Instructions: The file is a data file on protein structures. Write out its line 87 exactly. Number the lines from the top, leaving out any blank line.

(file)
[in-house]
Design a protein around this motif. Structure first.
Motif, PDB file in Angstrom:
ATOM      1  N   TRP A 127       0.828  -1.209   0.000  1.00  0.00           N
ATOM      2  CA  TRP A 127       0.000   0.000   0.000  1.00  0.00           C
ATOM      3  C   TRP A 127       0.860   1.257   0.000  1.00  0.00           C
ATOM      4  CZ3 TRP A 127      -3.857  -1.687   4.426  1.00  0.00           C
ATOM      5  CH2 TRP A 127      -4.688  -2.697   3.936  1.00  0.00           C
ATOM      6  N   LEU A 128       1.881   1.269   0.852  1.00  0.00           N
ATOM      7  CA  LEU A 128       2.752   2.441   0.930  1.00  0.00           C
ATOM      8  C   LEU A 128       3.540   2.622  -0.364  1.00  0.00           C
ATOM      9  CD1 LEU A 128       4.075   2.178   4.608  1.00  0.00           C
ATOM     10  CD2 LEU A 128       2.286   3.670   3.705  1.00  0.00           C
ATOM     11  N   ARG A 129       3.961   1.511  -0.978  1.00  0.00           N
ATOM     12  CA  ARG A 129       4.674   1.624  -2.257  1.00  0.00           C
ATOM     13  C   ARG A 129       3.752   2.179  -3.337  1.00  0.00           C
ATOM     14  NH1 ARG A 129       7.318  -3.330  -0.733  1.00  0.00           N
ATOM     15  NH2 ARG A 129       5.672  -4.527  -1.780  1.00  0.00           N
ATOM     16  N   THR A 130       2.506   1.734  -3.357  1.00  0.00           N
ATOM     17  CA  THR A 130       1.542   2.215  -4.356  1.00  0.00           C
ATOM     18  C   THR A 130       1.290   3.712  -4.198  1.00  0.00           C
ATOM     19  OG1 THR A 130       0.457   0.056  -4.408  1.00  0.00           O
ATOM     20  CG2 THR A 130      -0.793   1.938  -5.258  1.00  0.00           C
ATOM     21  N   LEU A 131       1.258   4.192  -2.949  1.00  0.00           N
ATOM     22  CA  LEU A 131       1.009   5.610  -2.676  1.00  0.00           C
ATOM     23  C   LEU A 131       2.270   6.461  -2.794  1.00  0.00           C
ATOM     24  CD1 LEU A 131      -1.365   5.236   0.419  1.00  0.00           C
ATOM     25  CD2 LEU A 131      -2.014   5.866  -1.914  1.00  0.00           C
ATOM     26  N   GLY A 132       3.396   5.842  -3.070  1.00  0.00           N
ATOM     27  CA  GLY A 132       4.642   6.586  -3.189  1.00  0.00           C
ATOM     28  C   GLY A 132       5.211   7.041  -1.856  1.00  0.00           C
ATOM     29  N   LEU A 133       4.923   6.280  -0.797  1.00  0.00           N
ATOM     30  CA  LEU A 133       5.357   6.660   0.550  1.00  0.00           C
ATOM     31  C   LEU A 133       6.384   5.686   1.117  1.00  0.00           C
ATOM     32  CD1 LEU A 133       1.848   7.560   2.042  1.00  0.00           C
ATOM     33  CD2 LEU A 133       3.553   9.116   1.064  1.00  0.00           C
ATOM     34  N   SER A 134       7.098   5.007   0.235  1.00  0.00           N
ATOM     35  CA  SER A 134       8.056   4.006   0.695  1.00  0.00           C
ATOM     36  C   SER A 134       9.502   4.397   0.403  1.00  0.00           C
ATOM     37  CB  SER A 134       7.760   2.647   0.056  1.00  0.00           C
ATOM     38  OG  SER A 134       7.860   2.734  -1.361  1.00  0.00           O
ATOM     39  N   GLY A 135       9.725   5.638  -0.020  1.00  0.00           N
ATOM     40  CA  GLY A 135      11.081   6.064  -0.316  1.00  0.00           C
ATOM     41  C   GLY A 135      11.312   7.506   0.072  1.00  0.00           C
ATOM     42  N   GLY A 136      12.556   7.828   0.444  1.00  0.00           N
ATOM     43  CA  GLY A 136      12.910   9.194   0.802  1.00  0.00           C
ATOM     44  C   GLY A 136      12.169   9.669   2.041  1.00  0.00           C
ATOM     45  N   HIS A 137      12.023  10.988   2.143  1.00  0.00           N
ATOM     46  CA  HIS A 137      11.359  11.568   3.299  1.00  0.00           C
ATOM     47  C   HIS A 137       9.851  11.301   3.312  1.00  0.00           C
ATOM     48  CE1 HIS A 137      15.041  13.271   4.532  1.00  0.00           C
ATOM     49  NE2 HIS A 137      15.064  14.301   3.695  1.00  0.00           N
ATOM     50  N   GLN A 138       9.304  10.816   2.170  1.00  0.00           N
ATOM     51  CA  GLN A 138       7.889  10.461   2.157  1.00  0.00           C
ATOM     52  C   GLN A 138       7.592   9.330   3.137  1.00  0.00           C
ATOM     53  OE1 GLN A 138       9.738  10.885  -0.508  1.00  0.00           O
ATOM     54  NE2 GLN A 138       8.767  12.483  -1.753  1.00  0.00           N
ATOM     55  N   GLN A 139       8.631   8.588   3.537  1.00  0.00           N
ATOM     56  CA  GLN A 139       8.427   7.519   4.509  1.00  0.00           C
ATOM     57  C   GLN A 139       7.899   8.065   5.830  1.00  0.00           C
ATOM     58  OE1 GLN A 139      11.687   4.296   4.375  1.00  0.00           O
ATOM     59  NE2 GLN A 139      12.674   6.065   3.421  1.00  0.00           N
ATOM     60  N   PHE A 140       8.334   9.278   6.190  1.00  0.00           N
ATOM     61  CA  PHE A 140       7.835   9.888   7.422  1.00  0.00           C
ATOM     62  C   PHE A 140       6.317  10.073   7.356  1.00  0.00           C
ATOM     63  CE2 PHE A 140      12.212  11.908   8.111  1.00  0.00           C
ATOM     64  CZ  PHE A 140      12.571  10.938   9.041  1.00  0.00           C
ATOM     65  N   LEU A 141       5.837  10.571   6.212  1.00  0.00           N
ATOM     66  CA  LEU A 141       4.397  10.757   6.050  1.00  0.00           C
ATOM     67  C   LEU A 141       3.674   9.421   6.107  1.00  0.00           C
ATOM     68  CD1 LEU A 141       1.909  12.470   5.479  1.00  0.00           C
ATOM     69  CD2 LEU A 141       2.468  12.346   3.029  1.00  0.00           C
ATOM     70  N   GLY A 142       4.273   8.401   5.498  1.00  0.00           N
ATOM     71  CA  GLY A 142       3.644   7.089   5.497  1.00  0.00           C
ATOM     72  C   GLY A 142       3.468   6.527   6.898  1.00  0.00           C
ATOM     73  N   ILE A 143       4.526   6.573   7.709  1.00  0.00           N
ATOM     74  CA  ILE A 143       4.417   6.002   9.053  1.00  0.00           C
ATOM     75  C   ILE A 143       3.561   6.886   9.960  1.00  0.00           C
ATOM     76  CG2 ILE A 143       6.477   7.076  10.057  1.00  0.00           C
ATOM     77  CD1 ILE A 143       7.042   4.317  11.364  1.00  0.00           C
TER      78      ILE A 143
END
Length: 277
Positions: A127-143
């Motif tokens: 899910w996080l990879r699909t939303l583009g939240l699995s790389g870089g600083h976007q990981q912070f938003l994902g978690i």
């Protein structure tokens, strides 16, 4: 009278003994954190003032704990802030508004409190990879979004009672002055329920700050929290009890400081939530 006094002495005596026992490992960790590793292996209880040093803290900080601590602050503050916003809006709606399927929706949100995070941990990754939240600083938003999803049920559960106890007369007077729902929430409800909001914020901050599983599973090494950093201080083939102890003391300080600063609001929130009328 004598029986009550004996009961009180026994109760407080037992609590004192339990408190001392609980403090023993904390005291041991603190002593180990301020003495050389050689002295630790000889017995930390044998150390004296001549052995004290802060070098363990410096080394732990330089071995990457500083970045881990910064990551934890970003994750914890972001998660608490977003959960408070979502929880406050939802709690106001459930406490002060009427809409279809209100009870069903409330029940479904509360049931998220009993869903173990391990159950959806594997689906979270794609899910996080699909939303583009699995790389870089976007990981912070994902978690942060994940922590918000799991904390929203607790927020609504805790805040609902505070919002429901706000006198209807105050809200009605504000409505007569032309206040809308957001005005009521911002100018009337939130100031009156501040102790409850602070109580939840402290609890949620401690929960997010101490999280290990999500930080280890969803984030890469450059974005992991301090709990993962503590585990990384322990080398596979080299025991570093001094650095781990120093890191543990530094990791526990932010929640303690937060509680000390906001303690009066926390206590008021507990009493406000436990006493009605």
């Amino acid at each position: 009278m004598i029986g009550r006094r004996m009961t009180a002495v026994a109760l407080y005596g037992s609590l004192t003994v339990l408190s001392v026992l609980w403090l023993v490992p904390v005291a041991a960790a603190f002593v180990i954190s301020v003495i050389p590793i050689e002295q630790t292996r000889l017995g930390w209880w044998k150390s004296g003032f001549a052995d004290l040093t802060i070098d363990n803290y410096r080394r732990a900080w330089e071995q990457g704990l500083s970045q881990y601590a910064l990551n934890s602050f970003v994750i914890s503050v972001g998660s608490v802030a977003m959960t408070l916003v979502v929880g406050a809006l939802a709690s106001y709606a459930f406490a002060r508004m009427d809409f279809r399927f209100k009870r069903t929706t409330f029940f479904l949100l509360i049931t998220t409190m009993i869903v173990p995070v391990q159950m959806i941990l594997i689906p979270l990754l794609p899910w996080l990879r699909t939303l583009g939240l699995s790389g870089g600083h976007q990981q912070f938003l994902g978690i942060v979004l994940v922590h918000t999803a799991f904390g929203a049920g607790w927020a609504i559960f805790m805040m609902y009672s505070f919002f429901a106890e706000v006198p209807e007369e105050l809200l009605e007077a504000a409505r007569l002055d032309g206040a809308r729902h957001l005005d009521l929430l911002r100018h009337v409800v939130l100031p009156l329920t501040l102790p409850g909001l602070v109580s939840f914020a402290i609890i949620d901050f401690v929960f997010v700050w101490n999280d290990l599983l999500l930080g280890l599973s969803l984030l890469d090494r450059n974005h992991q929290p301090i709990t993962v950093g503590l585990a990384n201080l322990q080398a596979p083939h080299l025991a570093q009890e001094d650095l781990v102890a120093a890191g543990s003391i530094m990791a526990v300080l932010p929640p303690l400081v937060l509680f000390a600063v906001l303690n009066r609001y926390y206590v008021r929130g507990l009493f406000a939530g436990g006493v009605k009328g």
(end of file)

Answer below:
């Amino acid at each position: 009278m004598i029986g009550r006094r004996m009961t009180a002495v026994a109760l407080y005596g037992s609590l004192t003994v339990l408190s001392v026992l609980w403090l023993v490992p904390v005291a041991a960790a603190f002593v180990i954190s301020v003495i050389p590793i050689e002295q630790t292996r000889l017995g930390w209880w044998k150390s004296g003032f001549a052995d004290l040093t802060i070098d363990n803290y410096r080394r732990a900080w330089e071995q990457g704990l500083s970045q881990y601590a910064l990551n934890s602050f970003v994750i914890s503050v972001g998660s608490v802030a977003m959960t408070l916003v979502v929880g406050a809006l939802a709690s106001y709606a459930f406490a002060r508004m009427d809409f279809r399927f209100k009870r069903t929706t409330f029940f479904l949100l509360i049931t998220t409190m009993i869903v173990p995070v391990q159950m959806i941990l594997i689906p979270l990754l794609p899910w996080l990879r699909t939303l583009g939240l699995s790389g870089g600083h976007q990981q912070f938003l994902g978690i942060v979004l994940v922590h918000t999803a799991f904390g929203a049920g607790w927020a609504i559960f805790m805040m609902y009672s505070f919002f429901a106890e706000v006198p209807e007369e105050l809200l009605e007077a504000a409505r007569l002055d032309g206040a809308r729902h957001l005005d009521l929430l911002r100018h009337v409800v939130l100031p009156l329920t501040l102790p409850g909001l602070v109580s939840f914020a402290i609890i949620d901050f401690v929960f997010v700050w101490n999280d290990l599983l999500l930080g280890l599973s969803l984030l890469d090494r450059n974005h992991q929290p301090i709990t993962v950093g503590l585990a990384n201080l322990q080398a596979p083939h080299l025991a570093q009890e001094d650095l781990v102890a120093a890191g543990s003391i530094m990791a526990v300080l932010p929640p303690l400081v937060l509680f000390a600063v906001l303690n009066r609001y926390y206590v008021r929130g507990l009493f406000a939530g436990g006493v009605k009328g």